Aimed at empowering parents/caregivers from low-resourced communities to meaningfully engage in playful learning for holistic development of their children, SWI designed its intervention basis a baseline study of temporary migrant families to ascertain their level of understanding about play-based education, gender-bias in interpreting emotions, parenting strategies, discipline styles & behavior mechanisms.
The intervention focused on promoting play-based education to help children develop the right set of skills by engaging caregivers of 2600 families in the marginalized communities including construction sites of Delhi NCR . Over the course of implementation, caregivers were reached via mobile phones, audio episodes, weekly sessions with facilitators where they were supported to help their children manage emotions, recognize the importance of play to build bonding with children and more.
Over the course of implementation, it was found that caregivers who were already grappling with the after-effects of the pandemic, prioritized basic necessities, such as nutrition, health, safety, and good education over emotional well-being. However, it is because of the sensitivity of content design, facilitation and empathetic ground partners that the organization has been able to bring forward encouraging improvements in the attitudes of caregivers and families.
In comparison with the baseline, 20.32% parents now feel that children learn how to manage their own feelings better with support of adults
Parents have demonstrated a positive shift of 15.44% with regards to the belief that children should learn to hide their feelings.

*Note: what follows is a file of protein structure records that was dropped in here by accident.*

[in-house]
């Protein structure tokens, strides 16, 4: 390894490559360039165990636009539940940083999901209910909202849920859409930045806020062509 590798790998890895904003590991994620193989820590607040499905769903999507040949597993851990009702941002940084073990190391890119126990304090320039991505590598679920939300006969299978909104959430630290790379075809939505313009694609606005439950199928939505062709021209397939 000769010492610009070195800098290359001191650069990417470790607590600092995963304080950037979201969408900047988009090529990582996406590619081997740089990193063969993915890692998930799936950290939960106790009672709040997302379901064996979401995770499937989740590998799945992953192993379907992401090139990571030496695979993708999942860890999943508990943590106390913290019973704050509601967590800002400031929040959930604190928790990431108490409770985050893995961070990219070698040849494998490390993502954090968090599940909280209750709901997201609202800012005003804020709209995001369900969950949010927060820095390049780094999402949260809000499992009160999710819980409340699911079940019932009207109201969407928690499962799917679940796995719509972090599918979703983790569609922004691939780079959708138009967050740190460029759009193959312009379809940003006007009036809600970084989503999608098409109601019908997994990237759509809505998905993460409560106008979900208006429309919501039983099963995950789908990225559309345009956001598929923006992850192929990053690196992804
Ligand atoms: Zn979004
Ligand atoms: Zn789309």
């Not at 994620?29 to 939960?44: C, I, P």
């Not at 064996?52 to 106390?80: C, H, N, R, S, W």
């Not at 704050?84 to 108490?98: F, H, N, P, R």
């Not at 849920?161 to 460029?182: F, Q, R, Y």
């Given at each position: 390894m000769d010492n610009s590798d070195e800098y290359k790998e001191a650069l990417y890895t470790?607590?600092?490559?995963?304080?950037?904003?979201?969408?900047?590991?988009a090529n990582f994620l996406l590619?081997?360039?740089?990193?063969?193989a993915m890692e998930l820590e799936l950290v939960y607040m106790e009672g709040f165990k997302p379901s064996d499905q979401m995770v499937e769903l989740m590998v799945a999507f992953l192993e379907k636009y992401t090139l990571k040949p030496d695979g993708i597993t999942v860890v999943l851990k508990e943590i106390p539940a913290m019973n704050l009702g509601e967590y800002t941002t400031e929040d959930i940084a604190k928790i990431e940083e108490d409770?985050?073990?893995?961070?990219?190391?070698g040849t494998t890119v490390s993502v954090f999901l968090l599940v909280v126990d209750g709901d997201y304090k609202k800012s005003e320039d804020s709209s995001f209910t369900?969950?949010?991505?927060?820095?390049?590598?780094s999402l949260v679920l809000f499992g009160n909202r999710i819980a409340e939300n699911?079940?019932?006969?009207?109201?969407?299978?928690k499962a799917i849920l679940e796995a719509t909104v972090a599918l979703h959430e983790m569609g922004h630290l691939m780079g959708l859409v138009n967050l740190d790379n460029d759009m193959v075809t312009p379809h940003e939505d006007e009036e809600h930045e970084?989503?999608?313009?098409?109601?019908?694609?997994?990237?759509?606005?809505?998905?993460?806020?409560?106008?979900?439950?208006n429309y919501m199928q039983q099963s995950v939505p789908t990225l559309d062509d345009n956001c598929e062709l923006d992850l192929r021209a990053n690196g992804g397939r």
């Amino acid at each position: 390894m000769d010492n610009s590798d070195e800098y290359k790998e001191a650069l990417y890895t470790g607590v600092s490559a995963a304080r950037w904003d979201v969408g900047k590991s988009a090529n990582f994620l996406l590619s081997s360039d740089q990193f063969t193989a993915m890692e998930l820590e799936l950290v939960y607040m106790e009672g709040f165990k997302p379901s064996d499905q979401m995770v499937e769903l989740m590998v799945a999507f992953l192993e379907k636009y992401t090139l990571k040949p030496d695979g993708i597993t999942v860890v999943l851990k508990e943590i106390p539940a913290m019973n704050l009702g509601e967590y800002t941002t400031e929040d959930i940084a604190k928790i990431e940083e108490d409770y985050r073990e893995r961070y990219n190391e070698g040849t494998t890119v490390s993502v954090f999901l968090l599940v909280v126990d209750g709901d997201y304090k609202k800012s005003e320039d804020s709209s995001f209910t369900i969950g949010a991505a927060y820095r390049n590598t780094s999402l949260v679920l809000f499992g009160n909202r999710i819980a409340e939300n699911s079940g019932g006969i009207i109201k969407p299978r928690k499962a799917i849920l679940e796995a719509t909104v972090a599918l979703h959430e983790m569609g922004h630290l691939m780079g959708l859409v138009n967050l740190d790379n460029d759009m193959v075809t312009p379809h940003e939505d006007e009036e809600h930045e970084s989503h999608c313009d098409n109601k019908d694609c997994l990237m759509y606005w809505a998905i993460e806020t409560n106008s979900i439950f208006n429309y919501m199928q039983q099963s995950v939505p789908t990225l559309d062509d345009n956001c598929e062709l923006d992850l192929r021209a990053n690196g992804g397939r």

While still pronounced, there has been a significant improvement in terms of gender bias and stereotyping with 26.4% fewer parents feeling that girls should learn to suppress their anger and other emotions as compared to the baseline.
The intervention tries to normalize crying for boys & support their emotional expression by improving the perception of caregivers by 18.7% with regards to them crying when stressed.
While toxic stereotypes of masculinity are still prevalent, the intervention witnessed a significant improvement with 20.8% fewer caregivers believing that boys who express a lot of feelings face problems when they grow up.
A significant improvement was found in terms of father’s involvement in play activities with children. An increase of 27.2% was observed in children reporting their father as a play partner as compared to the baseline.
However, there are a few concerning findings as well that were uncovered with the intention of guiding future interventions with children and families:
A reduction of 14% in parents believing that boys and girls should play similar games was observed.
Not much impact was made in terms of parent’s beliefs on nutritional practices such as children eating three meals a day(0.73% improvement), drinking 2-3 litres of water per day (2.7% improvement) and ghee being healthy in a child’s daily routine (1.65% reduction) with almost identical reporting during both baseline and endline phases.
While parents have demonstrated improved attitudes with regards to spending time with children and play-based education, parents’ perception of helping children understand their feelings has declined by 14.05%